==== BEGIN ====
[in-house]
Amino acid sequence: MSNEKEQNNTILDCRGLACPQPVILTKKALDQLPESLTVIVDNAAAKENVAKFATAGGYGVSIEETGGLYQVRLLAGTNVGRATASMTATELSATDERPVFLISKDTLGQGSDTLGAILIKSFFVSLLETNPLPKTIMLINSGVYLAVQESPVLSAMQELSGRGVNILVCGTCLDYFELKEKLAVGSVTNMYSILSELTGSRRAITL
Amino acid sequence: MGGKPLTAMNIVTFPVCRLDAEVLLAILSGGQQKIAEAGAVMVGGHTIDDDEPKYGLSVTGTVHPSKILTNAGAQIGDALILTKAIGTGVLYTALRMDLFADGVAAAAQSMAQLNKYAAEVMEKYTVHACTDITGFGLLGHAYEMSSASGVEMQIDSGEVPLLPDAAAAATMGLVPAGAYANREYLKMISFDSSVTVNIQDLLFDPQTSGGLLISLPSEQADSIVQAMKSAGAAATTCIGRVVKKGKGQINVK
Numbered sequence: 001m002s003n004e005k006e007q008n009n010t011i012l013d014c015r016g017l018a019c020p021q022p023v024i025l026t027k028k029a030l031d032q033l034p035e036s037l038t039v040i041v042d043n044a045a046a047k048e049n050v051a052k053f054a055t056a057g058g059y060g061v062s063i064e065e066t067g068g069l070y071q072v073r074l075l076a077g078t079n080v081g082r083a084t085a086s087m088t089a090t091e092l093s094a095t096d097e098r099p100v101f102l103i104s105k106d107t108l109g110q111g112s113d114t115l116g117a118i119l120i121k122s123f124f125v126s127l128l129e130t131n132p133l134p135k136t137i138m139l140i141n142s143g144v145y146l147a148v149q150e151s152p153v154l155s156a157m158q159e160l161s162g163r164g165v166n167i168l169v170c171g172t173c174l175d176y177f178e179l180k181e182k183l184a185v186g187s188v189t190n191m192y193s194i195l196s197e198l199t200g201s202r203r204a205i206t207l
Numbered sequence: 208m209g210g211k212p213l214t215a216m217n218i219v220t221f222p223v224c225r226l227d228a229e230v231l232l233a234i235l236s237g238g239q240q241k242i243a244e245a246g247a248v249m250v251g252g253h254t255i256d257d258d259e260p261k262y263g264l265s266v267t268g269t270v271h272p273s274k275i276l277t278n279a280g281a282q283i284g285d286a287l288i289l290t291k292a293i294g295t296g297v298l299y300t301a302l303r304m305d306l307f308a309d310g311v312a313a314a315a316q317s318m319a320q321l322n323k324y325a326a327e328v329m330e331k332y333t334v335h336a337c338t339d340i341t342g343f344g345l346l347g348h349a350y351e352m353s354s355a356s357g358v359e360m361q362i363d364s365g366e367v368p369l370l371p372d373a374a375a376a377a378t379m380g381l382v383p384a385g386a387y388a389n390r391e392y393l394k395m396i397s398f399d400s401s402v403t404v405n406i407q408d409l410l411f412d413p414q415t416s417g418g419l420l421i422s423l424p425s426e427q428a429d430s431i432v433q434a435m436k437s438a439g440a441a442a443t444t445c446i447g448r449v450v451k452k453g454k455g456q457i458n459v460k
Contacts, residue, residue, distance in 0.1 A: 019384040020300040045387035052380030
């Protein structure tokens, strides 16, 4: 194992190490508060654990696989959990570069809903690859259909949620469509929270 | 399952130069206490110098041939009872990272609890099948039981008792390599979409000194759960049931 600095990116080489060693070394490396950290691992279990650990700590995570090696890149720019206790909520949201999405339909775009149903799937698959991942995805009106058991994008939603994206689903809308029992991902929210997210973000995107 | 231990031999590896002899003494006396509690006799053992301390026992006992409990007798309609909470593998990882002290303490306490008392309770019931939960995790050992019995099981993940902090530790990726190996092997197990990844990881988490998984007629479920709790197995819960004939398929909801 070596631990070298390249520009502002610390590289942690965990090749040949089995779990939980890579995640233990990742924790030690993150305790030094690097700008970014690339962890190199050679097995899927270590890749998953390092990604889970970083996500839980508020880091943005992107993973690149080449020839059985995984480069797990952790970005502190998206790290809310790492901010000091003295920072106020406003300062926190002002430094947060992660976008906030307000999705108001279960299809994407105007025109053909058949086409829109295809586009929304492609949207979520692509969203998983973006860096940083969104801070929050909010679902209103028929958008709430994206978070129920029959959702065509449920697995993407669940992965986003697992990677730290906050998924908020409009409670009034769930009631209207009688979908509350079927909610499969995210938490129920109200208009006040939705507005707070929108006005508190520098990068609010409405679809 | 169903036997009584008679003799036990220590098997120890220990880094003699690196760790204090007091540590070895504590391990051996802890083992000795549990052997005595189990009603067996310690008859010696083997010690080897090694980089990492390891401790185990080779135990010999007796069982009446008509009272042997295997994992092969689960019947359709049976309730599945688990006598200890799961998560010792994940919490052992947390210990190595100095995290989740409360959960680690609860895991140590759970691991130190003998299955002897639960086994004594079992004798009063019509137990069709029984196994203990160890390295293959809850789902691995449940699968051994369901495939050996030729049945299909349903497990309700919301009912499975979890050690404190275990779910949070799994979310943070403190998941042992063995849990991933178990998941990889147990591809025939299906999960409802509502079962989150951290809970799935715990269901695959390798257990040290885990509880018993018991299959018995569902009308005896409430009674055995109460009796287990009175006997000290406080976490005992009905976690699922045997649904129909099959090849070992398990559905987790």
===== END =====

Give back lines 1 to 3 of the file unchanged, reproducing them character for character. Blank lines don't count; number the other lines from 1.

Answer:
[in-house]
Amino acid sequence: MSNEKEQNNTILDCRGLACPQPVILTKKALDQLPESLTVIVDNAAAKENVAKFATAGGYGVSIEETGGLYQVRLLAGTNVGRATASMTATELSATDERPVFLISKDTLGQGSDTLGAILIKSFFVSLLETNPLPKTIMLINSGVYLAVQESPVLSAMQELSGRGVNILVCGTCLDYFELKEKLAVGSVTNMYSILSELTGSRRAITL
Amino acid sequence: MGGKPLTAMNIVTFPVCRLDAEVLLAILSGGQQKIAEAGAVMVGGHTIDDDEPKYGLSVTGTVHPSKILTNAGAQIGDALILTKAIGTGVLYTALRMDLFADGVAAAAQSMAQLNKYAAEVMEKYTVHACTDITGFGLLGHAYEMSSASGVEMQIDSGEVPLLPDAAAAATMGLVPAGAYANREYLKMISFDSSVTVNIQDLLFDPQTSGGLLISLPSEQADSIVQAMKSAGAAATTCIGRVVKKGKGQINVK